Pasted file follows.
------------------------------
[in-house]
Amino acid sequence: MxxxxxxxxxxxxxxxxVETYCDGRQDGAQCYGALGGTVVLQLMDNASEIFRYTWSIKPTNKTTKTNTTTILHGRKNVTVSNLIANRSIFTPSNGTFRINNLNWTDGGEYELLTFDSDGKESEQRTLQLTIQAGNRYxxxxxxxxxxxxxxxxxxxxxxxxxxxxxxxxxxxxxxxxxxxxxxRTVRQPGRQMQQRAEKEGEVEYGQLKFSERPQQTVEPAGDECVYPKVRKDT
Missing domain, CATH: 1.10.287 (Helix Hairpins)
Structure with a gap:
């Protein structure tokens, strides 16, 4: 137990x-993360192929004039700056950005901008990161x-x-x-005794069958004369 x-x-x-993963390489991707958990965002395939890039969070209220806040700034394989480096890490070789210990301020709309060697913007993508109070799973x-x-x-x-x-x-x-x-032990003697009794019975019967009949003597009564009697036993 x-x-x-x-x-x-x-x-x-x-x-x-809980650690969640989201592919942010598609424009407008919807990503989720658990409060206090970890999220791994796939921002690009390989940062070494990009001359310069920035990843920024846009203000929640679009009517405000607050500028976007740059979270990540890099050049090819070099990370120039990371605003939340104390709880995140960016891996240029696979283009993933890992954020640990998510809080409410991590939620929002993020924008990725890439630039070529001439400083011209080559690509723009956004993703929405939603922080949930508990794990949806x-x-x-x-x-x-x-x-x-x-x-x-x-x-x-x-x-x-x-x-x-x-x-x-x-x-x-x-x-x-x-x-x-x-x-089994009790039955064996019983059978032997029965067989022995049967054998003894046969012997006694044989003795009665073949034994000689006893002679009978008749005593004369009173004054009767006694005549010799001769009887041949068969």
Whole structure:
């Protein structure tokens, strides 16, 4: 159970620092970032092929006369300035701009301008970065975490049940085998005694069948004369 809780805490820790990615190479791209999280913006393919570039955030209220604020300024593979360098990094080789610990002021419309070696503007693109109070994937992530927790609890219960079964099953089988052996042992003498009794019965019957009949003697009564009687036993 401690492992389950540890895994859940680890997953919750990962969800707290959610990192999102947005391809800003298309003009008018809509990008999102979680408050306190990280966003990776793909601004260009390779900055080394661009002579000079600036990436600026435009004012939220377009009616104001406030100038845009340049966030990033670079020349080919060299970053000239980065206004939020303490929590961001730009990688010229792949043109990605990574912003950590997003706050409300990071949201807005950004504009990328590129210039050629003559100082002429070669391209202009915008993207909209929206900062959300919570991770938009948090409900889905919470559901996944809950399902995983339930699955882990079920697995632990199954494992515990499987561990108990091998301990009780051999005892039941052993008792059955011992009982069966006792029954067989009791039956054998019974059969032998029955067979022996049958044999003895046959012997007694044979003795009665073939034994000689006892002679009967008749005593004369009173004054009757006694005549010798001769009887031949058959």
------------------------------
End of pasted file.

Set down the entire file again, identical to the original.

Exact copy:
[in-house]
Amino acid sequence: MxxxxxxxxxxxxxxxxVETYCDGRQDGAQCYGALGGTVVLQLMDNASEIFRYTWSIKPTNKTTKTNTTTILHGRKNVTVSNLIANRSIFTPSNGTFRINNLNWTDGGEYELLTFDSDGKESEQRTLQLTIQAGNRYxxxxxxxxxxxxxxxxxxxxxxxxxxxxxxxxxxxxxxxxxxxxxxRTVRQPGRQMQQRAEKEGEVEYGQLKFSERPQQTVEPAGDECVYPKVRKDT
Missing domain, CATH: 1.10.287 (Helix Hairpins)
Structure with a gap:
């Protein structure tokens, strides 16, 4: 137990x-993360192929004039700056950005901008990161x-x-x-005794069958004369 x-x-x-993963390489991707958990965002395939890039969070209220806040700034394989480096890490070789210990301020709309060697913007993508109070799973x-x-x-x-x-x-x-x-032990003697009794019975019967009949003597009564009697036993 x-x-x-x-x-x-x-x-x-x-x-x-809980650690969640989201592919942010598609424009407008919807990503989720658990409060206090970890999220791994796939921002690009390989940062070494990009001359310069920035990843920024846009203000929640679009009517405000607050500028976007740059979270990540890099050049090819070099990370120039990371605003939340104390709880995140960016891996240029696979283009993933890992954020640990998510809080409410991590939620929002993020924008990725890439630039070529001439400083011209080559690509723009956004993703929405939603922080949930508990794990949806x-x-x-x-x-x-x-x-x-x-x-x-x-x-x-x-x-x-x-x-x-x-x-x-x-x-x-x-x-x-x-x-x-x-x-089994009790039955064996019983059978032997029965067989022995049967054998003894046969012997006694044989003795009665073949034994000689006893002679009978008749005593004369009173004054009767006694005549010799001769009887041949068969």
Whole structure:
């Protein structure tokens, strides 16, 4: 159970620092970032092929006369300035701009301008970065975490049940085998005694069948004369 809780805490820790990615190479791209999280913006393919570039955030209220604020300024593979360098990094080789610990002021419309070696503007693109109070994937992530927790609890219960079964099953089988052996042992003498009794019965019957009949003697009564009687036993 401690492992389950540890895994859940680890997953919750990962969800707290959610990192999102947005391809800003298309003009008018809509990008999102979680408050306190990280966003990776793909601004260009390779900055080394661009002579000079600036990436600026435009004012939220377009009616104001406030100038845009340049966030990033670079020349080919060299970053000239980065206004939020303490929590961001730009990688010229792949043109990605990574912003950590997003706050409300990071949201807005950004504009990328590129210039050629003559100082002429070669391209202009915008993207909209929206900062959300919570991770938009948090409900889905919470559901996944809950399902995983339930699955882990079920697995632990199954494992515990499987561990108990091998301990009780051999005892039941052993008792059955011992009982069966006792029954067989009791039956054998019974059969032998029955067979022996049958044999003895046959012997007694044979003795009665073939034994000689006892002679009967008749005593004369009173004054009757006694005549010798001769009887031949058959």